Book Report I Know Why the Caged Bird Sings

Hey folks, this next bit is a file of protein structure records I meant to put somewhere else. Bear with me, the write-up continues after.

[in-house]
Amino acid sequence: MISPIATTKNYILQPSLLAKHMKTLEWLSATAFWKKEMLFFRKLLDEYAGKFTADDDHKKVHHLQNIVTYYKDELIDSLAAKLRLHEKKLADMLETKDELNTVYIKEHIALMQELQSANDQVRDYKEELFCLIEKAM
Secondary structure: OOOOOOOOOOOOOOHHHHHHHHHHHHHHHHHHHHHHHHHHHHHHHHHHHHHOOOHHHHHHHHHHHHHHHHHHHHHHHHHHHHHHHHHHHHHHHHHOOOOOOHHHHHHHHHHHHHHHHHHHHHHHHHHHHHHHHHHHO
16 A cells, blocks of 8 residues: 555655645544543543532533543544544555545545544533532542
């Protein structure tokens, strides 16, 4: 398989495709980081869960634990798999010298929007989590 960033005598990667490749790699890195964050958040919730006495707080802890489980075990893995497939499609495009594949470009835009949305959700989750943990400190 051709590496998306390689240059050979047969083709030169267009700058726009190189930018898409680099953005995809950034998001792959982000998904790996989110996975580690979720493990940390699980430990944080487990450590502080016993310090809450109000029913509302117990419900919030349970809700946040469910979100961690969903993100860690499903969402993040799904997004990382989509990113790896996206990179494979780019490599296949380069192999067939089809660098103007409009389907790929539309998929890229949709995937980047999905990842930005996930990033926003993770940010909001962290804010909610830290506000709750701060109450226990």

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Book Report I Know Why the Caged Bird Sings Maya Angelou, the author to I Know Why the Caged Bird Sings, writes about a girl who is confronted with sex, rape, and racism at an early stage in her life in detail in her novel. When she is three years old, her parents have a divorce and send her and her four-year-old brother Bailey from California to Arkansas to live with her grandmother in a town that is divided by color and full of racism. They are raised by her grandmother and then sent back to their carefree mother in the absence of a father figure. At age eight, she is raped by her mother’s boy friend while she is sleeping in her mother’s bed. The book also tells about her other sexual experiences during the early parts in her life. Those experiences lead to the birth of her first child. Throughout the book, I’ve also learned about many racist things. It was painful to read about the hateful treatment of Blacks during that time and the effect that it had on Black children. When Maya had a bad tooth and her grandmother took her to a white dentist in town. The white dentist refused to help Maya because, as he stated, "I would rather put my hand in the mouth of a dog than to put it into a nigger's mouth." This incident serves only as an example of the many ways that Blacks were cruelly mistreated in those days. The book thus explores a lot of important issues, such as: sexuality and race relations, and shows us how society violated her as a young African American female. In I Know Why the Caged Bird Sings Maya Angelou clearly expresses the physical pain of sexual assault, the mental anguish of not daring to tell, and her guilt and shame for having been raped. Her timidity and fear of telling magnify the brutality of the rape. For more than a year after the rape she lives in self-imposed silence, speaking only very rarely. This childhood rape reveals the pain that African American women suffered as victims not only of racism but also sexism. What I liked most about this book was the reality it revealed. It showed how brutal and cruel the society was. This book made me realize that racism is deeply embedded in the life and history of the nation, and it still exists in today’s society.
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